The UK's NICE is soon to lose its "superpowers" when it comes to rejecting new medicines for use on the National Health Service (NHS) plan. NICE will be reduced to an advisory role only - doctors will make the final treatment (i.e drug access) decisions.
The UK will now move to so-called value-based pricing. Under this new system, drug company prices will be largely based on scientific evidence of value in clinical practice. Theoretically, decisions will be less pure cost based (current limit is about $34,000 in UK) and will take into account value delivered for the cost spent. See Pharmalot.
NICE's former powers to exclude drugs have been blamed by consumer groups for dismal cancer survival rates in UK and a lot of untimely deaths. New cancer drugs were frequently rejected by NICE due to their high costs -- even if clinically effective according to its critics. NICE defended this practice by saying that left more to spend on other conditions.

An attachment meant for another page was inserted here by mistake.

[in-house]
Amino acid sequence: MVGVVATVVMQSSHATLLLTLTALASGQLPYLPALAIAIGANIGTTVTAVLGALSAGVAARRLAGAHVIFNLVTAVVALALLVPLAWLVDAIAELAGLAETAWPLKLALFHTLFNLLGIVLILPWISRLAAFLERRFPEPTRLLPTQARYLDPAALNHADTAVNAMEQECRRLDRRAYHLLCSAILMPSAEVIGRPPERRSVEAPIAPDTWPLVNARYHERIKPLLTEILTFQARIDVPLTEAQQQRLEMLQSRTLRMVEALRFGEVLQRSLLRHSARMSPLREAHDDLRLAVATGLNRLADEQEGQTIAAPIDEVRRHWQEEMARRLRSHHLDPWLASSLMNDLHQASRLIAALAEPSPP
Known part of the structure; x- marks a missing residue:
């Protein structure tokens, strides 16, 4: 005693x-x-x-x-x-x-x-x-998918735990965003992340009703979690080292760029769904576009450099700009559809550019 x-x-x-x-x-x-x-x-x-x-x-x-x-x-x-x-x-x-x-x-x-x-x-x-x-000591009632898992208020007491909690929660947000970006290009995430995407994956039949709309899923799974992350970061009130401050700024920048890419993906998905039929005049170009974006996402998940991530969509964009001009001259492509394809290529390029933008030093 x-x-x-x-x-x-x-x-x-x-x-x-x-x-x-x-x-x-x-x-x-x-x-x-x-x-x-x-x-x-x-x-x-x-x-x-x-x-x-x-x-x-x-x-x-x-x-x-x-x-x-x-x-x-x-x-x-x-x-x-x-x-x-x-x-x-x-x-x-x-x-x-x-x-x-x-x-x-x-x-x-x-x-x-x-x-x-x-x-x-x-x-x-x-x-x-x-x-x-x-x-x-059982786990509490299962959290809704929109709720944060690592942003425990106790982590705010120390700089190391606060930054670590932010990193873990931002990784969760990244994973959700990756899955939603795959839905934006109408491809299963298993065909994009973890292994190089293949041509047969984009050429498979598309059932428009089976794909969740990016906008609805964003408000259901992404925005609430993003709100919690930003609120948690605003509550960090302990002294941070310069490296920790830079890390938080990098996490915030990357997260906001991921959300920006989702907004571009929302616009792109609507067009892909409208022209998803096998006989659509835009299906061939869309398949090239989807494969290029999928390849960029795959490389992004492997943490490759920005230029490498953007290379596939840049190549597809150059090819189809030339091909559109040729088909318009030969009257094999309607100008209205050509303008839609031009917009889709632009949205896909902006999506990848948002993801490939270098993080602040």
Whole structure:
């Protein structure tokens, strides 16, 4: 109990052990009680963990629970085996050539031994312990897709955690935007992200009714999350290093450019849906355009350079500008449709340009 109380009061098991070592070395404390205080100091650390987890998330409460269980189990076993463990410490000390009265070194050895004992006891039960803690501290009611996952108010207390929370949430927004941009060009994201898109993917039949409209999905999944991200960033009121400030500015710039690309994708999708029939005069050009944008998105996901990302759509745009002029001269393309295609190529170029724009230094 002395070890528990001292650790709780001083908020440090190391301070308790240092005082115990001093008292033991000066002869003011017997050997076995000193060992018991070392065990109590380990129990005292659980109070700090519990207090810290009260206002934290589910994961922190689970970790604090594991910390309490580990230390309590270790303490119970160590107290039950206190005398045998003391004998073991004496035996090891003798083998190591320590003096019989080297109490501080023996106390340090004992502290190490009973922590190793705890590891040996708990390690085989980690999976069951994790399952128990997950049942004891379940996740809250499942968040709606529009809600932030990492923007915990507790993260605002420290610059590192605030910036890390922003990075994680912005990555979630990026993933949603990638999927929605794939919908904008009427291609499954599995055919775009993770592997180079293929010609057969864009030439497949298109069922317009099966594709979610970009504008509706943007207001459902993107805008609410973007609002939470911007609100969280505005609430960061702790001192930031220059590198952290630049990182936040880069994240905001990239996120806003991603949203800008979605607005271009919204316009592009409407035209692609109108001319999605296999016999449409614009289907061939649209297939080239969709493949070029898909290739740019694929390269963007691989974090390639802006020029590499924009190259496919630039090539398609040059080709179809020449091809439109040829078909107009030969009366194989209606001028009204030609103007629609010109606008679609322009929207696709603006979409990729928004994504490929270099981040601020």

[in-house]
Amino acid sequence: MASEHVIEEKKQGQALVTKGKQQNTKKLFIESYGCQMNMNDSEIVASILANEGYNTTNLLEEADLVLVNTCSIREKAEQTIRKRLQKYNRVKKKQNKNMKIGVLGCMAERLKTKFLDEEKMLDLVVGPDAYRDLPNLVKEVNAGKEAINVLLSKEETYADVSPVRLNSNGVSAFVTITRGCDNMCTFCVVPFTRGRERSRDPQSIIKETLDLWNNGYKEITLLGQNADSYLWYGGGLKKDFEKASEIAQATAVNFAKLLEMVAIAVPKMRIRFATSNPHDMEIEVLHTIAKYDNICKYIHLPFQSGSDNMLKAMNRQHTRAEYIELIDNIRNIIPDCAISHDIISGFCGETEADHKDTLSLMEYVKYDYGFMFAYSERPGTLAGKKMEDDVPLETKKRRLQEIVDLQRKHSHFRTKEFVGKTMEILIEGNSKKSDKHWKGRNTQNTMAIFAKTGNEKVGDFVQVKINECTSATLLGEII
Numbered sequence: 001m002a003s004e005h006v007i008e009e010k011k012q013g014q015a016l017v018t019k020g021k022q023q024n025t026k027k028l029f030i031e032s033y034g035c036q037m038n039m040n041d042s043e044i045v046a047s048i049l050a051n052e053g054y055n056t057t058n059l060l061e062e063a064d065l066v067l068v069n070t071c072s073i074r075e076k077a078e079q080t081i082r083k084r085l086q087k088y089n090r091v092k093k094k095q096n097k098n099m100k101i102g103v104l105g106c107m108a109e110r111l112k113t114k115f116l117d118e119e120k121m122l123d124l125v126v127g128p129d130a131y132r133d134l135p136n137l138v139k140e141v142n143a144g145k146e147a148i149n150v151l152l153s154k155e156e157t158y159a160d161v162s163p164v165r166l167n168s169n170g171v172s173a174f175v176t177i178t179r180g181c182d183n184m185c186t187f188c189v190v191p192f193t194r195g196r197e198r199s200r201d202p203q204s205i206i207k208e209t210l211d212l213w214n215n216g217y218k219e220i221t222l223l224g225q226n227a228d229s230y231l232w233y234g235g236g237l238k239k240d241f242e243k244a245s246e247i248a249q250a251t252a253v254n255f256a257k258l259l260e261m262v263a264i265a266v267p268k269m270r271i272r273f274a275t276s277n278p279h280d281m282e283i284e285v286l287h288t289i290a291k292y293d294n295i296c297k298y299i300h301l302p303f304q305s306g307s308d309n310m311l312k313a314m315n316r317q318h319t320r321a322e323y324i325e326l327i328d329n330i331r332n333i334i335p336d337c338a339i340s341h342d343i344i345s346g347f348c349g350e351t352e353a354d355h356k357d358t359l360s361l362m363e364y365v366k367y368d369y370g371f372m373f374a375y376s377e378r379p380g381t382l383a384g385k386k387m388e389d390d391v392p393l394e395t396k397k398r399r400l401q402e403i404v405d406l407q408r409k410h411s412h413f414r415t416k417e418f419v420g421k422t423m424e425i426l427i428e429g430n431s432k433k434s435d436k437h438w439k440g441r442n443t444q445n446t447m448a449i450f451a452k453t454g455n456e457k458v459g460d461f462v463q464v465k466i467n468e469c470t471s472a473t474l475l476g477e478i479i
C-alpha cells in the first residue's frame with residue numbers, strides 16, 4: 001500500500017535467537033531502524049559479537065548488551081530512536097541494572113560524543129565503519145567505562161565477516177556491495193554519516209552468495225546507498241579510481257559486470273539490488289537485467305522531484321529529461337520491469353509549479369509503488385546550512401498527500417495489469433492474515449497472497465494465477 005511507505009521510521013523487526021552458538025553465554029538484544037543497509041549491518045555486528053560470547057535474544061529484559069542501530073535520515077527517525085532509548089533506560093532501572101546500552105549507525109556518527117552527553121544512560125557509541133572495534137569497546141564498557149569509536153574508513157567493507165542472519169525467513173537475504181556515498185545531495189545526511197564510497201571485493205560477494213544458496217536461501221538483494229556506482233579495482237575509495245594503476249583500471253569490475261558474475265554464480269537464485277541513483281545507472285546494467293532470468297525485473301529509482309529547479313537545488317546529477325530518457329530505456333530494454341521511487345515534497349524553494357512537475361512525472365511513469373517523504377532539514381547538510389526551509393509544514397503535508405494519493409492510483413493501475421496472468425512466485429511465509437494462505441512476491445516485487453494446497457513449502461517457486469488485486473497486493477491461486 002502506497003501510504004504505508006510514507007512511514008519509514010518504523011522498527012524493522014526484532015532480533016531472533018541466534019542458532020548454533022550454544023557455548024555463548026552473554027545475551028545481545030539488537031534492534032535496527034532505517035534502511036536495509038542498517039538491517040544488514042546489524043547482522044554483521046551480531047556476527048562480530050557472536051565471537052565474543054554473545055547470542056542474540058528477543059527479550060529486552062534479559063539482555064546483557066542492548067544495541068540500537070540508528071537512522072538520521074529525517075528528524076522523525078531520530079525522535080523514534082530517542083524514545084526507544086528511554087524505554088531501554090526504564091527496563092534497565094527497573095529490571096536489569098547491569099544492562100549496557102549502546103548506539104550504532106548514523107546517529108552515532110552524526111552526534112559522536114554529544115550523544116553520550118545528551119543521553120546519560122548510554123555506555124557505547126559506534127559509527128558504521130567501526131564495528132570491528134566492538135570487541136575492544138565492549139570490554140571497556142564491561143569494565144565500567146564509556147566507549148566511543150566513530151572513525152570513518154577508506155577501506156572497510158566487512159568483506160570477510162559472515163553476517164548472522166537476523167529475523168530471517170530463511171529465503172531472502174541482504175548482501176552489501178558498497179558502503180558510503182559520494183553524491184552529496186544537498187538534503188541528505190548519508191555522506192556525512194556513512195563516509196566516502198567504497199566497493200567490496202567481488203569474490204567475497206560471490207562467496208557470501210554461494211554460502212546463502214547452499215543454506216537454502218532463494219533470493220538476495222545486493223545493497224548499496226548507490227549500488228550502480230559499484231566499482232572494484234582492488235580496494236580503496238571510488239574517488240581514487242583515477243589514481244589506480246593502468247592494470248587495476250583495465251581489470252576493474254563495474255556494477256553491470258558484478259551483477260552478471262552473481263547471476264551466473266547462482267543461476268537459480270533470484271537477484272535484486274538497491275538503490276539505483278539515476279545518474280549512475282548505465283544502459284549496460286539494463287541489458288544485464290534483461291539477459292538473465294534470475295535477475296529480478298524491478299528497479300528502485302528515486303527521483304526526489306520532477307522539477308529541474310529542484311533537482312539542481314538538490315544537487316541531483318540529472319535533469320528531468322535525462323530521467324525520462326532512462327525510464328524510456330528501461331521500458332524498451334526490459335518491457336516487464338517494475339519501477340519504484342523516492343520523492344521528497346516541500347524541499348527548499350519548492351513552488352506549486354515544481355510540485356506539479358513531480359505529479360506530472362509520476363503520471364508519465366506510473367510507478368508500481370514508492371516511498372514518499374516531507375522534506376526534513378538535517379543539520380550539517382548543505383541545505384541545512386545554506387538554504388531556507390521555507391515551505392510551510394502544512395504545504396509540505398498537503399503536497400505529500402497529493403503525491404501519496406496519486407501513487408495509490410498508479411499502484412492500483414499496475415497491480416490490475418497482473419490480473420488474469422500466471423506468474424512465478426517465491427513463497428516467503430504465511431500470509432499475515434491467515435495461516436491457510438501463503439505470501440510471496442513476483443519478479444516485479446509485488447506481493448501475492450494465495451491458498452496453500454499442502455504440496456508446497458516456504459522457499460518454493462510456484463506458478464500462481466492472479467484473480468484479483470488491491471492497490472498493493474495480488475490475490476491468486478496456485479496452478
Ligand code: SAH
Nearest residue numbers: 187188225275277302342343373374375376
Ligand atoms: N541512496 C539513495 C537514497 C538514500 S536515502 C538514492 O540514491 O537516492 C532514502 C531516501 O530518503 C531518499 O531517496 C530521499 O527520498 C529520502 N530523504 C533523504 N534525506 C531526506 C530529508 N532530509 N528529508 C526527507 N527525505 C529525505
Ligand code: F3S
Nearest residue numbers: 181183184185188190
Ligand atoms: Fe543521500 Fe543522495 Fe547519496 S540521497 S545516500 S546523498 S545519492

Now the government will attempt to drive pharma companies to prove their drugs are cost effective and clinically effective -- and will deliver value. The idea is to get drug companies to bring forth their drugs capable of proving their worth. Otherwise, more marginal drugs, that are expensive too, will be restricted to limited groups of patients where no better option exists. NICE will likely die after a suitable transition period.
Posted by Bruce Lehr November 2nd 2010.